The relentless thump of “Half Eaten” features a melody that bizarrely recalls “The Name Game,” yet its lyrics are far more bleak than anything Shirley Ellis could have turned into a fe-fi-fo-nana nursery rhyme. In under two minutes, Gilbert’s ominously slurred vocals describe a state of environmental devastation where even God can’t save us: “The temperature is rising / It isn’t surprising / The fires are everywhere / There won’t be any water.” “I’m pretty disappointed in the human race, so that’s bound to come out in my lyrics,” Gilbert says. “Of course there has to be humor as well. Having that makes the pessimism even more exaggerated and poignant.”
Throughout the course of a singular career, few bands have evolved as rapidly and radically as Wire. In the span of their first three albums alone, the quartet showcased the pipeline from punk to post-punk, before transitioning into left-field synth-pop in the 1980s, then burgeoning forms of big beat electronica in the ’90s. Needless to say, after their first quarter-century of musical metamorposis leading up to the period documented on P456 Deluxe, Wire were keen to continue swimming against the tide. “Rock devalued itself in the ’90s,” says Newman. “With the rise of Britpop, indie bands became mainstream. It wasn’t just something you read about in music magazines; you could read about it in normal magazines. People from Blur and Oasis were famous. None of it seemed very interesting to me.
“People seem to discover things for the first time after 20 years. In the end, we just decided that these recordings deserved to be heard. I’m quite proud of them, but that’s not always a good sign!” — Bruce Gilbert
“What was great about dance music in that era was that it was kind of faceless,” he continues. “You didn’t know what anyone looked like, or whether they were even Black or white. That was an area where Bruce and I could hit it off because he’s never been driven by fame. We enjoyed the fact that we were using elements of dance music and rock music to create a new hybrid that didn’t exist.”
Newman acknowledges that Wire weren’t alone in their electronic fusions of the early 2000s, but is quick to mention his distaste for the band’s peers. “There were other artists using guitars and beats back then, but that was more like indie trip-hop,” he says. “It was mainly just horrible.” Even within Wire itself, the singer has never shared bassist Lewis’s interest in metal, or believed it impacted their sound in this era. “Dance music with pummeling tempos could draw some comparisons to metal, but I don’t like it personally,” Newman shrugs. “Heavy metal is for 14-year-olds, as far as I’m concerned. It’s the most safe, conformist style of music you can get.”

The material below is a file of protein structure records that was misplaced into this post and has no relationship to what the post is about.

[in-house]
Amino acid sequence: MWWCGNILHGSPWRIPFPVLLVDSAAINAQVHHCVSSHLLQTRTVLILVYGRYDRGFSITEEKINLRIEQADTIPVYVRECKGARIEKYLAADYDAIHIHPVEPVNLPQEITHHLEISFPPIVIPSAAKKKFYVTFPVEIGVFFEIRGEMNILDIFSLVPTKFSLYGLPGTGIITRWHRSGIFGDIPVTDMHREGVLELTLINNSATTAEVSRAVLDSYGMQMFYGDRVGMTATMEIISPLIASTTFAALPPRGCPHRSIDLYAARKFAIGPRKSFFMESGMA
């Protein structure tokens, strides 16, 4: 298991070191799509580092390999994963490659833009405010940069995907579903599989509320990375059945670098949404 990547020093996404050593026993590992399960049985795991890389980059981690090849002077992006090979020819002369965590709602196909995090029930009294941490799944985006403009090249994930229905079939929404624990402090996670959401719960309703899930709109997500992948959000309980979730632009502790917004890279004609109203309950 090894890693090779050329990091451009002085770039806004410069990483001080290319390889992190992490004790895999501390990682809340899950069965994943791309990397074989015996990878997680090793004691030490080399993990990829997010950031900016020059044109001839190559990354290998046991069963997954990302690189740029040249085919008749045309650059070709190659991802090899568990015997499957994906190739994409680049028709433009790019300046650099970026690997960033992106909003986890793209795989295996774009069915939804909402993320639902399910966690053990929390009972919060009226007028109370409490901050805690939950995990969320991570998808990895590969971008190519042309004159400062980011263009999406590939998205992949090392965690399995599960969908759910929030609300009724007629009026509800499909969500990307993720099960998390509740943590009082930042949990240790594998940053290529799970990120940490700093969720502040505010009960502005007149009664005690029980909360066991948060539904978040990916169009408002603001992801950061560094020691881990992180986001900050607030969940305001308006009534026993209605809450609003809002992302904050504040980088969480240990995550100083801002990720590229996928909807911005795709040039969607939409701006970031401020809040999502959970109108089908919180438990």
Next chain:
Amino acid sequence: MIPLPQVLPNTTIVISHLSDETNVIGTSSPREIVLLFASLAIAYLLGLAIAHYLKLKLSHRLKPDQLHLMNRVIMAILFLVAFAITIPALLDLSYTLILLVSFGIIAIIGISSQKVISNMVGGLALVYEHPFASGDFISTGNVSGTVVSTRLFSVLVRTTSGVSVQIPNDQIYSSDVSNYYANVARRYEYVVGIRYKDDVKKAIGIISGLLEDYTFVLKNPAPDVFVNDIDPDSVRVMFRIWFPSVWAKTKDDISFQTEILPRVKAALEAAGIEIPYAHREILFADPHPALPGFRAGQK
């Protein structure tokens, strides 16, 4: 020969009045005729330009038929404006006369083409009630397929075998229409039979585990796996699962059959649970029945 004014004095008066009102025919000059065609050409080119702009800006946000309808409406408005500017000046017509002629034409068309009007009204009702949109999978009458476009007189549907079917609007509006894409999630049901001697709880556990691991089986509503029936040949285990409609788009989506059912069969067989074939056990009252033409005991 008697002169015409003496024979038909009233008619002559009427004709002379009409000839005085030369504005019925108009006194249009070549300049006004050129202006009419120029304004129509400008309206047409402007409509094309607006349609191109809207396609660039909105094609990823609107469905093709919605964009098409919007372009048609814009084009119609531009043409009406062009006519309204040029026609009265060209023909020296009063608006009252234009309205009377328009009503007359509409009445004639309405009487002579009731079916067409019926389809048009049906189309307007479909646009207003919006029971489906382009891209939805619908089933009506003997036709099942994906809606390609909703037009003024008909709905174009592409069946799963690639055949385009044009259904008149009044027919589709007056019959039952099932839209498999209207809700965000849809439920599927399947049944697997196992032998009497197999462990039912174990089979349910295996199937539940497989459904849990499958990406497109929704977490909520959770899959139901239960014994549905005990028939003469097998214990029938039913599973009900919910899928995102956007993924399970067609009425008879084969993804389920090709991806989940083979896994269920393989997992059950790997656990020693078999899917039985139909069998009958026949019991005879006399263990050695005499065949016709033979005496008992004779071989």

These kinds of creative disagreements, coupled with feelings of exhaustion, led to Gilbert’s departure from the band in 2004. “I got very fed up with touring and just needed a rest,” he says. “Things like festivals were a nightmare in the end. We would turn up in the morning for a sound check and then have to stooge around until midnight or even later until we got on stage. Of course that meant avoiding drinking and not being relaxed enough to enjoy reading a book.”
“What was great about dance music in that era was that it was kind of faceless. You didn’t know what anyone looked like, or whether they were even Black or white. That was an area where Bruce and I could hit it off because he’s never been driven by fame.” — Colin Newman
Wire have continued without Gilbert—first replacing him with Liz Phair guitarist Margaret Fiedler McGinnis and more recently Matthew Simms—but this final period of studio collaboration is a fitting culmination of the band’s founding line-up. Gilbert’s buzzsaw riffs and bitter lyrical fixations are featured heavily throughout the songs of P456 Deluxe, immortalizing a late-period apex from two decades ago. “People seem to discover things for the first time after 20 years,” says Gilbert. “In the end, we just decided that these recordings deserved to be heard. I’m quite proud of them, but that’s not always a good sign!”
Newman agrees that this era of Wire has been unfairly overlooked. With their inability to tour during the pandemic, the time became ripe for an archival release. He shares a few gripes about Record Store Day, but is thankful for the opportunity to support brick and mortar music shops, while exposing new listeners to the band’s rewired rock sound of the early 2000s.
“Malka and I have barely been out of Brighton for the past 12 months, so the idea of the band getting together to do anything was very unlikely,” Newman concludes. “There are lots of annoying things about Record Store Day, but we decided to do a special project this year. If you want something that defines a Record Store Day release, forget your Bruce Springsteen on purple vinyl and get this instead.” FL